We're Crazy, Not the South Americans

W. Gifford-Jones, M.D.

PureInsight | September 9, 2006

[The Epoch Times]  Have
you ever had the desire to cry out, "I'm tired and I don't give a
tinkers's dam what the boss thinks. I'm closing the door and taking a
nap." In our North American society, what we want to do, and can do,
without getting fired, are two different things. But is it time for
employers to agree that South Americans are not crazy for shutting
their doors and having an afternoon siesta?

Dr. Scott Campbell, a sleep expert at Weill Medical College, in White
Plains N.Y., says "napping is a healthy habit if your schedule permits
it. I don't see why you would try to overcome what your body is trying
to tell you." I'd agree, but it's safer if the boss is on holiday.

It's the old story that if you don't use it, you lose it. In this case,
if you don't snooze, you lose. There's scientific evidence that napping
has benefits.

Sleep experts say that our internal clock is programmed to make us
sleep twice every 24 hours. The first need for slumber occurs between
midnight and 7 a.m. Then the eyelids start to droop again between 1
p.m. and 3 p.m. This biological readiness to sleep in the mid-afternoon
also coincides with a slight drop in body temperature. Moreover, this
decrease in body temperature occurs whether we eat or not and even in
those who are well-rested.

The majority of studies show that even a nap of 15 minutes can increase
mental and physical performance as well as mood for the remainder of
the afternoon. This is true regardless of age.

Dr. Campbell reports that a study of 32 men and women between the ages
of 55 to 85 found that older people scored higher on tests of cognitive
ability and reaction time after napping.

Campbell adds that it's a myth that an afternoon nap interferes with
nighttime sleep. It may take a few more minutes to fall asleep at night
after napping, but people sleep just as long and deeply as on no-nap
days. Moreover, their actual sleep time increased by one hour on
napping days.

North Americans and employers should realize that napping is a part of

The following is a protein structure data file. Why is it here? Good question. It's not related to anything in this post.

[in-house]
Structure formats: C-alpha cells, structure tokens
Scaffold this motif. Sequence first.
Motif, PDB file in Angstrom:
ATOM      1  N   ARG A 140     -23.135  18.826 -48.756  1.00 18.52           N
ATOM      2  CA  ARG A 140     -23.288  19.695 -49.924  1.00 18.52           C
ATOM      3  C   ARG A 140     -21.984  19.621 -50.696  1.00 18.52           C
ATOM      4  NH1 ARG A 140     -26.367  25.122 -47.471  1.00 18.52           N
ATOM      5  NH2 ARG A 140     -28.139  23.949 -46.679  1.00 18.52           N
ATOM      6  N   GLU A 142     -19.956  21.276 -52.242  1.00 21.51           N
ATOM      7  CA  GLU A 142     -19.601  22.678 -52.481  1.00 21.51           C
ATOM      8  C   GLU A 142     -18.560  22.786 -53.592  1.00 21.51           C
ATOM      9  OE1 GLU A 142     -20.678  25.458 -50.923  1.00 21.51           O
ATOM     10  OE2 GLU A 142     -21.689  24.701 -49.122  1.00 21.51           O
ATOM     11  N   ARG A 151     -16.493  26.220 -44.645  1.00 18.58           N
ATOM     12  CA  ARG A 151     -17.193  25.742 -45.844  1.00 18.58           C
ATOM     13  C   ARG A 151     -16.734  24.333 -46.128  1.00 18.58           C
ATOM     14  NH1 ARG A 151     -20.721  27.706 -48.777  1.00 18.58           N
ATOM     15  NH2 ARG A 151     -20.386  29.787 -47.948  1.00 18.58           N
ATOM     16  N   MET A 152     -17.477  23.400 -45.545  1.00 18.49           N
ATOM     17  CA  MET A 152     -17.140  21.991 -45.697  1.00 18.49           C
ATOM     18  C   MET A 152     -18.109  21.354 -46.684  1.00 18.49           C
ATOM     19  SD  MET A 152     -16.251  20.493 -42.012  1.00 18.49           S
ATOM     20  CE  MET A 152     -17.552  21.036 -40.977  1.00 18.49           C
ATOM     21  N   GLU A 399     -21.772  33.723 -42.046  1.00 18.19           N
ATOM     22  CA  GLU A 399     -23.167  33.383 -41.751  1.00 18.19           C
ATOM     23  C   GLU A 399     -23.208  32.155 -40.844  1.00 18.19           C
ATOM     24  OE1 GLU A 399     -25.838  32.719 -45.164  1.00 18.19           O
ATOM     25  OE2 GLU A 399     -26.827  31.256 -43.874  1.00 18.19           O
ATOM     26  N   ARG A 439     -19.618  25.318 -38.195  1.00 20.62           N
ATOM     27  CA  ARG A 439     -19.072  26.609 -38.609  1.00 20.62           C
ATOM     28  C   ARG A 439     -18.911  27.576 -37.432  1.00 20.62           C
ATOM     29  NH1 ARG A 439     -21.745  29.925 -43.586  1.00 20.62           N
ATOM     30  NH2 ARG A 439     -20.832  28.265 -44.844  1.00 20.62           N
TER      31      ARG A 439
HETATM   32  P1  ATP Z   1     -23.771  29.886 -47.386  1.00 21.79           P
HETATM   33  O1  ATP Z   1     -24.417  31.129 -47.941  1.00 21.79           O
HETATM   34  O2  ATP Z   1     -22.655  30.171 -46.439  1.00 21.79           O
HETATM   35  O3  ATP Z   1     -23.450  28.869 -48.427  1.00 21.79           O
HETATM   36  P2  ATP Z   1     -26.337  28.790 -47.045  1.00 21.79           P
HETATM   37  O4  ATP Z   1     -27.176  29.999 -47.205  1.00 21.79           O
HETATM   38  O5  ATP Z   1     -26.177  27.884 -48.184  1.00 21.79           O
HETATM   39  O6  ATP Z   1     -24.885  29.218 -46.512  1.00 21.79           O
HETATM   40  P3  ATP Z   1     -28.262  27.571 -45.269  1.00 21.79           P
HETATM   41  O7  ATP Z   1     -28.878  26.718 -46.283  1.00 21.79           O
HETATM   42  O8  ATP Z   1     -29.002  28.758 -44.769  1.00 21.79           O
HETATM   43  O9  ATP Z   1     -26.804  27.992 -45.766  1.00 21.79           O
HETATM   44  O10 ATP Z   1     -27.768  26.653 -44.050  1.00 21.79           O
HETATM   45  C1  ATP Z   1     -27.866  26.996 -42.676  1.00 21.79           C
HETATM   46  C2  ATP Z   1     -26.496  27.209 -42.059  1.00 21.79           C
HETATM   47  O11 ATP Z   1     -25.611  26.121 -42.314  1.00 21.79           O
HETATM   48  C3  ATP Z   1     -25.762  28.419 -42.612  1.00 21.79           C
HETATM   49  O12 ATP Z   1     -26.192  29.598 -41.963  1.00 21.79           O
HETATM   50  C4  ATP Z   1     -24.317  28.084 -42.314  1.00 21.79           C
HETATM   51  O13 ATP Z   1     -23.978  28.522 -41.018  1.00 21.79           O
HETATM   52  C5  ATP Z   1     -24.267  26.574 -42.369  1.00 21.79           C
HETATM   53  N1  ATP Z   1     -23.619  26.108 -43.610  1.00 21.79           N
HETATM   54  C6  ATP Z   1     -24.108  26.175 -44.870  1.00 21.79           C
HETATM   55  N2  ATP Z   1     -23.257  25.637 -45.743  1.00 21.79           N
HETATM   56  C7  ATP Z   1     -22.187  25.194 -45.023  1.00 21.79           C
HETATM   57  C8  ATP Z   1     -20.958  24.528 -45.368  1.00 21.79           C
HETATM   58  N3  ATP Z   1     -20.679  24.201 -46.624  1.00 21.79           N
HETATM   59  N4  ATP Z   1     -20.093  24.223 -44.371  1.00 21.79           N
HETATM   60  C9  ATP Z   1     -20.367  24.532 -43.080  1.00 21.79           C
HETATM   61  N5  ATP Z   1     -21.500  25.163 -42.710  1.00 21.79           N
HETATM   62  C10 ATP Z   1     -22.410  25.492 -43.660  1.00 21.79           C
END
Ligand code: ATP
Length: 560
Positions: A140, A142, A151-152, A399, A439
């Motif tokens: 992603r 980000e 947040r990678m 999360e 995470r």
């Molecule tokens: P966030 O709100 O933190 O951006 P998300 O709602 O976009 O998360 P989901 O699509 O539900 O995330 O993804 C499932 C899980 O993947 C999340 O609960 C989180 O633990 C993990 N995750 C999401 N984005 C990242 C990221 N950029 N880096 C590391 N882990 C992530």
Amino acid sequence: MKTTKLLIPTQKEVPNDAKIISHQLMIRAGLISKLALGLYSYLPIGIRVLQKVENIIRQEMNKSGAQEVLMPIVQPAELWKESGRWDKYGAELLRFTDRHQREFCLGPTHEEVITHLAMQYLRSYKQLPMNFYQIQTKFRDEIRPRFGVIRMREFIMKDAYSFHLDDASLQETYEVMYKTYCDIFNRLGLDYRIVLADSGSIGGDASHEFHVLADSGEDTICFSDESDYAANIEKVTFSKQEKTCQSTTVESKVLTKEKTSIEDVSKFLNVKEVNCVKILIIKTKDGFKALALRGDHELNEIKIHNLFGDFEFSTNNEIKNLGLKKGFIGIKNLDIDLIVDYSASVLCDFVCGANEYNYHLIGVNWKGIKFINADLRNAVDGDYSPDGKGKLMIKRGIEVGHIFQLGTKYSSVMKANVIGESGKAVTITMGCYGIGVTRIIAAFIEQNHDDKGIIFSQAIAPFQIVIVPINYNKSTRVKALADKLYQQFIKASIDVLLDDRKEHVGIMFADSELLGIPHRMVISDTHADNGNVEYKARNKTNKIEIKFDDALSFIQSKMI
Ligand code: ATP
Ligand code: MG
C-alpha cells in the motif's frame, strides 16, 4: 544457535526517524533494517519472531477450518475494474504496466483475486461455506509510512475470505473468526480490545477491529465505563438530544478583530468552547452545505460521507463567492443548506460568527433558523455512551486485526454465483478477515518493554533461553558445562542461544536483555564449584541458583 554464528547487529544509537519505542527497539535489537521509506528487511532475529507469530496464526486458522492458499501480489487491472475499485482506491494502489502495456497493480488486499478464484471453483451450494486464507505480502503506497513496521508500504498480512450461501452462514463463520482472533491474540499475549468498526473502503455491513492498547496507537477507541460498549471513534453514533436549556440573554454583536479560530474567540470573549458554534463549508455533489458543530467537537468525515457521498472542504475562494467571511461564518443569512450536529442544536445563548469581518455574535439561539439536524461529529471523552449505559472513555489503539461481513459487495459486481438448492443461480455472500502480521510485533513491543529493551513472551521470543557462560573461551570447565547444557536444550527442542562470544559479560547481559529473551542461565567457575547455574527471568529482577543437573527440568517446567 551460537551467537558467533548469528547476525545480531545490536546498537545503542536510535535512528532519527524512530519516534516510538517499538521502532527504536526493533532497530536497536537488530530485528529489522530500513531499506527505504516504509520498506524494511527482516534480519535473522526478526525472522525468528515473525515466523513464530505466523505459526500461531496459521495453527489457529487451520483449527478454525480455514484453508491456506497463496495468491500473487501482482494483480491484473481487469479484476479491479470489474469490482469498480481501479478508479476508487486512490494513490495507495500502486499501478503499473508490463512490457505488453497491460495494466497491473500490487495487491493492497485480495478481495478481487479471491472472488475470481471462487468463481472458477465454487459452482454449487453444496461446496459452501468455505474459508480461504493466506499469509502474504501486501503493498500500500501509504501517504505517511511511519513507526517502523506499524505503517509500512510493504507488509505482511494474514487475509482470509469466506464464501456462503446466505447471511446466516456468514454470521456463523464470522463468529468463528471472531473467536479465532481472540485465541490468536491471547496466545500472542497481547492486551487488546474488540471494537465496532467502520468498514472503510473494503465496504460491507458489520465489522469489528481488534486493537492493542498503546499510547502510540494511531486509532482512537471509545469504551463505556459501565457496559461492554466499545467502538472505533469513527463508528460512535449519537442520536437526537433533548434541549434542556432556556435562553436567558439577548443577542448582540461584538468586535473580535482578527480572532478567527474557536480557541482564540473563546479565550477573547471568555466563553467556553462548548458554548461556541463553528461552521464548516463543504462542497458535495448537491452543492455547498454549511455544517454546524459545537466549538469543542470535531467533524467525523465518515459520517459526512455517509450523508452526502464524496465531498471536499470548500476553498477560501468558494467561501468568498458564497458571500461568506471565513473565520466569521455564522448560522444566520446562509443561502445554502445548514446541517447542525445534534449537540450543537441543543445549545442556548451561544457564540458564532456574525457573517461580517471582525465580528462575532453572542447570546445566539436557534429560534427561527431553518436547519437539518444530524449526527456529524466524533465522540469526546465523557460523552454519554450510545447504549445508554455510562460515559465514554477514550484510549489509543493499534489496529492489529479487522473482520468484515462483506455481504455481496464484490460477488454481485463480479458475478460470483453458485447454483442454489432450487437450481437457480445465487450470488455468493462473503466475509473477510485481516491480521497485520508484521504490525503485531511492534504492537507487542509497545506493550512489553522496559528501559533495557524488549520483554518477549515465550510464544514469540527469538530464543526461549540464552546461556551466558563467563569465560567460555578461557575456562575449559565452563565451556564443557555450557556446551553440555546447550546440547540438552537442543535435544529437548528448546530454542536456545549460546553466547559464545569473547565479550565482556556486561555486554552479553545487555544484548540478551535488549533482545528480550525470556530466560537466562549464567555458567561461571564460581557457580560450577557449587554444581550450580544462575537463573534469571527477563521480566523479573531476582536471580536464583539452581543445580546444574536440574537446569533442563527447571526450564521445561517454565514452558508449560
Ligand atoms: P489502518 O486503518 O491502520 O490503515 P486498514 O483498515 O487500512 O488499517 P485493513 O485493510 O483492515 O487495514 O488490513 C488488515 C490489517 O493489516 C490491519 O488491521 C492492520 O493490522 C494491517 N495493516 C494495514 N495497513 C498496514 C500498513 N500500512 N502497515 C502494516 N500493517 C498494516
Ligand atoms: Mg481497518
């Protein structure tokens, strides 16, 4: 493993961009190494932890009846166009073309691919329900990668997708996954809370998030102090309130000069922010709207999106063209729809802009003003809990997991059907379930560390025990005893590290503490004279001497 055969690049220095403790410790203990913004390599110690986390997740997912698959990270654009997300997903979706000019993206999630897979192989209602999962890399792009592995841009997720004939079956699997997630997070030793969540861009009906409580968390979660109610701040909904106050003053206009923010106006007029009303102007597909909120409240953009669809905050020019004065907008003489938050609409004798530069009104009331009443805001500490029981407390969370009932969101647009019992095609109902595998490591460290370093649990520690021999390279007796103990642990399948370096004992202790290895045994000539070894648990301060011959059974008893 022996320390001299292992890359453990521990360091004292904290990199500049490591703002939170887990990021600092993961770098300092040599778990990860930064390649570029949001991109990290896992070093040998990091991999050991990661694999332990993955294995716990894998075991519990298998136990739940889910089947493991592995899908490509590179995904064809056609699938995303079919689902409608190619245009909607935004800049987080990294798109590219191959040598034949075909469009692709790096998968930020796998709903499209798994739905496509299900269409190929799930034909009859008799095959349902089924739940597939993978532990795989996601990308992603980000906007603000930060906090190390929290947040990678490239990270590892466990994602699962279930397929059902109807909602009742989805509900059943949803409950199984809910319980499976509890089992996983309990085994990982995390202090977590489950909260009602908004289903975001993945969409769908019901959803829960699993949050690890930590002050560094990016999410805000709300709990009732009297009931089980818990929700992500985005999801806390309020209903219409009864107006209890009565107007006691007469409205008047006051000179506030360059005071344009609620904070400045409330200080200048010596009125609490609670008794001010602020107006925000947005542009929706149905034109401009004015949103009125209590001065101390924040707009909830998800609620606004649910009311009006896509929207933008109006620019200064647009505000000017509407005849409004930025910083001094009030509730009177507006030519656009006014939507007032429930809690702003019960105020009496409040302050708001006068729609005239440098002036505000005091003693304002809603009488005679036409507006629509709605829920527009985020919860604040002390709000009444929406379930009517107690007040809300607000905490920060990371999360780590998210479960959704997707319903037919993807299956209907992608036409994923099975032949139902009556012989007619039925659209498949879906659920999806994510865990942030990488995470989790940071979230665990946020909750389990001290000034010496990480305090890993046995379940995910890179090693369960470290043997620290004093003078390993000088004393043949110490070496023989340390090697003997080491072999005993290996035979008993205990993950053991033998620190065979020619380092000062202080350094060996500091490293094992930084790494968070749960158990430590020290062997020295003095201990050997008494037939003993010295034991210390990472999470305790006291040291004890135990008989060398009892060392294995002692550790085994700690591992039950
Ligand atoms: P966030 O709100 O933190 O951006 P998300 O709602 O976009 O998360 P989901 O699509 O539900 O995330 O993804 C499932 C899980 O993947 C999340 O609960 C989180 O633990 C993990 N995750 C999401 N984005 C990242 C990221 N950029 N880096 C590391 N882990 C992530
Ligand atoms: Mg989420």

our lives right from birth. Moreover, if it's good for healthy
toddlers, surely a short siesta is even more urgent for those of us
with gray hair.

Napping may also be part of an evolutionary, geographical mechanism
that evolved in certain cultures, particularly those close to the
equator. I'm sure that in South America it didn't take too long for our
evolutionary genes to conclude it's prudent to get out of the
blistering noonday sun. As Joseph Conrad wrote, "Only mad dogs and
Englishmen go out in the noonday sun."

Suppose you're one of the lucky ones who can afford to take a nap
without getting fired. Sliding under the desk is not a good idea.
Rather, choose a peaceful spot, dim the lights and draw the drapes. Set
the alarm if you're concerned about oversleeping. And don't nap longer
than 20 to 25 minutes. You may enter a deep sleep after 30 minutes
making it more difficult to get back to functioning well. As in most
things, moderation in napping is the key.

If you can't nap and need energy, avoid sugary treats that provide only
a short temporary lift. Rather, select protein and complex
carbohydrates such as cheese and whole-wheat crackers. And go easy on
caffeinated drinks that can result in dependency.

I was delighted to learn of this research. I'm an early morning writer,
usually at my computer by 7 a.m. But as sure as night follows day,
after lunch I start to yawn at every other word. When my eyelids start
to close, I know it's fruitless to continue. But after a short nap, I'm
back to writing something intelligent. That, of course, may be a
debatable point!

I admit it would be easier to sell ice to Eskimos than sell an
afternoon nap to employers. But since they're always preaching the need
for increased productivity, they might find a little snooze time
improves their bottom line.

Dr. Gifford-Jones is a medical journalist with a private medical practice in Toronto.

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